Whether it was fair to call the inappropriate outbursts heckling or not is really more about a media personalities working to improve their ratings, sell papers, or get clicks on their articles than any real scandal or breach in media ethics. It’s simply a game of semantics played out by media elites in order to create news out of a non-news grammatically technical sidebar. Much to do about nothing.
Victim heckling, the most sickening of all heckling, has been all too common amongst the right-wing. Certainly both the political left and right are guilty of heckling. In fact, some organizations, like the liberal anti-war group Code Pink, make heckling their trademark. It is one thing to heckle a politician or authority figure. However, it is entirely a different thing to heckle a victim. Unfortunately, this type of victim heckling has become all too common a tactic coming from the right-wing.
While many may take issue with whether Mr. Heslin was actually heckled while giving testimony, there is no doubt that many of the family members of those that lost their loved ones at Sandy Hook Elementary have been heckled and harassed by a vicious group of right-wing zealots.
One of the many articles on the conspiracy theories circulated by the right-wing that has resulted with the harassment of the Sandy Hook families can be found in a recent article by Salon. One egregious examples of this harassment would be the attacks on the Parker family. The parents of 6-year-old Emilie Parker, who died of multiple gunshot wounds, have received dozens of threatening phone calls and letters from the Christian right-wing accusing them of faking their own child’s death. Here is how Salon explains the Emily Parker conspiracy attacks:
“The girl in question is Emilie Parker, a 6-year-old who was shot multiple times and killed at Sandy Hook. But for conspiracy theorists, the tears her family shed at her funeral, the moving eulogy from Utah’s governor, and the entire shooting spree are fake. Welcome to the world where Sandy Hook didn’t really happen.
There are dozens of websites, blog posts and YouTube videos extolling the Emilie Parker hoax theory. If you Google her name, the very first result is a post mocking her father for crying at a press conference after the shooting…”
Because victim heckling has become such a common tactic for the right-wing, it should come as no surprise that liberal leaning media elites were quick to use the word heckling in the inappropriate interruption of Mr. Heslin’s testimony.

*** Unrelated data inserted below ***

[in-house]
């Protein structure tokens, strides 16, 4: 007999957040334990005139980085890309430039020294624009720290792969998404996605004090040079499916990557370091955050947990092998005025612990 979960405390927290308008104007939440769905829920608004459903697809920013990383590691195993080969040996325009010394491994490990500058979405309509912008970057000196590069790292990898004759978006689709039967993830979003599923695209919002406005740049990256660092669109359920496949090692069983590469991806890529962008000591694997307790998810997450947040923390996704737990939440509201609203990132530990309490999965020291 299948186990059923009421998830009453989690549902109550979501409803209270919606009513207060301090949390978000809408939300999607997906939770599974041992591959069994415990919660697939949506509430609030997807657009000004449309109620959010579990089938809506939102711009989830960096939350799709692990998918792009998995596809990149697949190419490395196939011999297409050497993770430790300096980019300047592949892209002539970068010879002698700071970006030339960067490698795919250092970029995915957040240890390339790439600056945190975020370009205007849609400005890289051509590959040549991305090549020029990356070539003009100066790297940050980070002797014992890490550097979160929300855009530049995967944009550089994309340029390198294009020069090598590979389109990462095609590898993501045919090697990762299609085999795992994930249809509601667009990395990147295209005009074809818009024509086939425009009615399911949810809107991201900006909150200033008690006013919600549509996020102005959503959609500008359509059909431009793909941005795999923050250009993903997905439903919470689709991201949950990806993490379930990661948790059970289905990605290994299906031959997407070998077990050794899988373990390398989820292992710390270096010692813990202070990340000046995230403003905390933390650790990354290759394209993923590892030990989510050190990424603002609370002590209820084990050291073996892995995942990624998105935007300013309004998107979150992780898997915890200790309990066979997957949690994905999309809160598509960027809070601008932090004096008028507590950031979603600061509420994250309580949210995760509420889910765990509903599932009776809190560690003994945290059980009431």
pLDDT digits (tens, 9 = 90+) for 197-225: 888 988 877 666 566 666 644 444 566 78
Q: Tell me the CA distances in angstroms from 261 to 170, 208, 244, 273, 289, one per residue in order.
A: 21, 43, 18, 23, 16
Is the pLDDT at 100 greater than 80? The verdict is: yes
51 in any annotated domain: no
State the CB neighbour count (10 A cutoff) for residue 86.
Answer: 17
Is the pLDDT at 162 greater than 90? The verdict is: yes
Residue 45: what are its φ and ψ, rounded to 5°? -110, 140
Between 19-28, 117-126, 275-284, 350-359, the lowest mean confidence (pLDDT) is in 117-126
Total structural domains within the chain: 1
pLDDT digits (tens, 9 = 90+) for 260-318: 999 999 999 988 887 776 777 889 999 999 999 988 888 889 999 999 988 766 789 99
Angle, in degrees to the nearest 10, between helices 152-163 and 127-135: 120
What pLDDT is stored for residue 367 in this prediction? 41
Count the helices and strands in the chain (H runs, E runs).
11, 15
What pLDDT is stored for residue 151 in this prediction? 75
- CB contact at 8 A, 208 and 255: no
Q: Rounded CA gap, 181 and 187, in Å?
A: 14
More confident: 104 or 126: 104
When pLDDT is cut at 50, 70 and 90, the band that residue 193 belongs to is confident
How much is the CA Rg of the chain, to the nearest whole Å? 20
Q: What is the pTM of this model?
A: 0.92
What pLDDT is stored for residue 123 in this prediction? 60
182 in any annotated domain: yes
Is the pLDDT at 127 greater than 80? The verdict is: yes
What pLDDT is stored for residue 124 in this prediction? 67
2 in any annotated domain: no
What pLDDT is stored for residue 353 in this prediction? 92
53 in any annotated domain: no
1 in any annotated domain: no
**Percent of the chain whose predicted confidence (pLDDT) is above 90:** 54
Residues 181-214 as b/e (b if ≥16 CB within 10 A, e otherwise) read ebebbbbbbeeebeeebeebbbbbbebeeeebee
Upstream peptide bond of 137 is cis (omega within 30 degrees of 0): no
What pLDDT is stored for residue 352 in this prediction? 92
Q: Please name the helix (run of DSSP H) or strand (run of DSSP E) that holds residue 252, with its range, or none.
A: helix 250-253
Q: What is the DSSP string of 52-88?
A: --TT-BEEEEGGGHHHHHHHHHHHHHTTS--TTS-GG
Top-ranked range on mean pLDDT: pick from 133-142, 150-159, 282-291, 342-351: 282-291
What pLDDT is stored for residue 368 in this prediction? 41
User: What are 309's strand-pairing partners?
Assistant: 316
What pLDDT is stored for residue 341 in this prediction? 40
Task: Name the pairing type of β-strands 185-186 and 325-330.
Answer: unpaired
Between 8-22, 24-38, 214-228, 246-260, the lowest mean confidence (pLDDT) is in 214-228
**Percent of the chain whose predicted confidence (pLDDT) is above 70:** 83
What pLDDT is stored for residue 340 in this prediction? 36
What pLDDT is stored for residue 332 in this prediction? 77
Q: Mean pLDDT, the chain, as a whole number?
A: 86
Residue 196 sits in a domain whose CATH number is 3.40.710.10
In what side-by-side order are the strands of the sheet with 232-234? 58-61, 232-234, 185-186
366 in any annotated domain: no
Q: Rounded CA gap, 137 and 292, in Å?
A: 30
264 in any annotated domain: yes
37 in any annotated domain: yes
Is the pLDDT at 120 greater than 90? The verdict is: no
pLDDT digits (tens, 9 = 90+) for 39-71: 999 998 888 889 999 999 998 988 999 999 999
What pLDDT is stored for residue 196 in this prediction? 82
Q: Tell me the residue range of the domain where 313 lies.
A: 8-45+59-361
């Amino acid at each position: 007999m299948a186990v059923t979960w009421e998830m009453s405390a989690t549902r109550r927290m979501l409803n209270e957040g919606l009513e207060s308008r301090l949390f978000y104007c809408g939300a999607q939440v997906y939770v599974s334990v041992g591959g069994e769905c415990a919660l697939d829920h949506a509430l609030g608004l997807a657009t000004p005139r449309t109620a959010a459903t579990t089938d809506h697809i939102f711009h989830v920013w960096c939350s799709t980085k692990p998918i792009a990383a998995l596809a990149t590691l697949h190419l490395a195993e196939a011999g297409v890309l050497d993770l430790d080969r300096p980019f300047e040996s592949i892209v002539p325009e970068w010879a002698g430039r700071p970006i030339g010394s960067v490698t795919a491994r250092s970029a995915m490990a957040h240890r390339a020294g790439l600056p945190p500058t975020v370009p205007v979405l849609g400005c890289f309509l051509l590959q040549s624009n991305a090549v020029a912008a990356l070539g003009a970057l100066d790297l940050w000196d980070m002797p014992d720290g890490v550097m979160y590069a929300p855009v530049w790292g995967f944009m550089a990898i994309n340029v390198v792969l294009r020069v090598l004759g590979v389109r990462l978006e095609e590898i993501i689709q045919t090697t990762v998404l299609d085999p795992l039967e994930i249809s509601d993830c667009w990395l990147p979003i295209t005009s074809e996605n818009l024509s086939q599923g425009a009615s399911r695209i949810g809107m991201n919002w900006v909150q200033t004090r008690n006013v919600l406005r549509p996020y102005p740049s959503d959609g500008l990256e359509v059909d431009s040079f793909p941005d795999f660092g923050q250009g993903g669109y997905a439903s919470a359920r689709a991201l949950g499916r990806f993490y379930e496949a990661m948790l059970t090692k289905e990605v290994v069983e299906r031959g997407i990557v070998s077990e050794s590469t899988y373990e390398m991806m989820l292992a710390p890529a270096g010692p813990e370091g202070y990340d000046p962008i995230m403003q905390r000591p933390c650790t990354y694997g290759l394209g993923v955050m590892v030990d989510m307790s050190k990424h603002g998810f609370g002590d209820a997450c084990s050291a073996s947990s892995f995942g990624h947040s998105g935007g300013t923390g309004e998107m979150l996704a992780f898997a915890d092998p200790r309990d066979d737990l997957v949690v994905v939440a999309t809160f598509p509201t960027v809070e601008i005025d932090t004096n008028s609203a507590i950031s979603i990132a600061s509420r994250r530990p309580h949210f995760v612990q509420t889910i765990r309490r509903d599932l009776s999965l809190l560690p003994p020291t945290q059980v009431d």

As I’ve pointed out, this victim heckling is now part of the right-wing’s playbook. Remember when the Affordable Health Care Act was being proposed and Teabaggers verbally attacked the uninsured, terminally ill, and disabled? If you don’t, here is a video that might help jog your memory. All over the country the right-wing heckled victims. It’s becoming a common practice. For more examples of right-wing victim heckling and harassment check out this article I published in back April of 2010.
In response to the criticism, MSNBC has reviewed the use of the word heckle in their programs and determined, “Our team reviewed the unedited clip and determined that it was heckling. The distinction was made because the shouts did not directly address the question being posed and were disruptive.
I agree. But whether my friend and I or for that matter the media wordsmith intelligentsia agree or not on the definition of heckling really means squat. What matters is how we treat one another. Whether we learn to listen and respect opposing opinions or we descend into believing think it is right to attack the victims of ill fortune to promote an agenda remains to be seen. The real story here is not whether MSBNC breached journalistic ethics by choosing to use the word heckle to describe the event. The real dialog that should come out of this story should be if it is ever right to attack the victims of hardship just because you disagree with their perspective or personal ideology.
Originally published at ExpatsPost.com.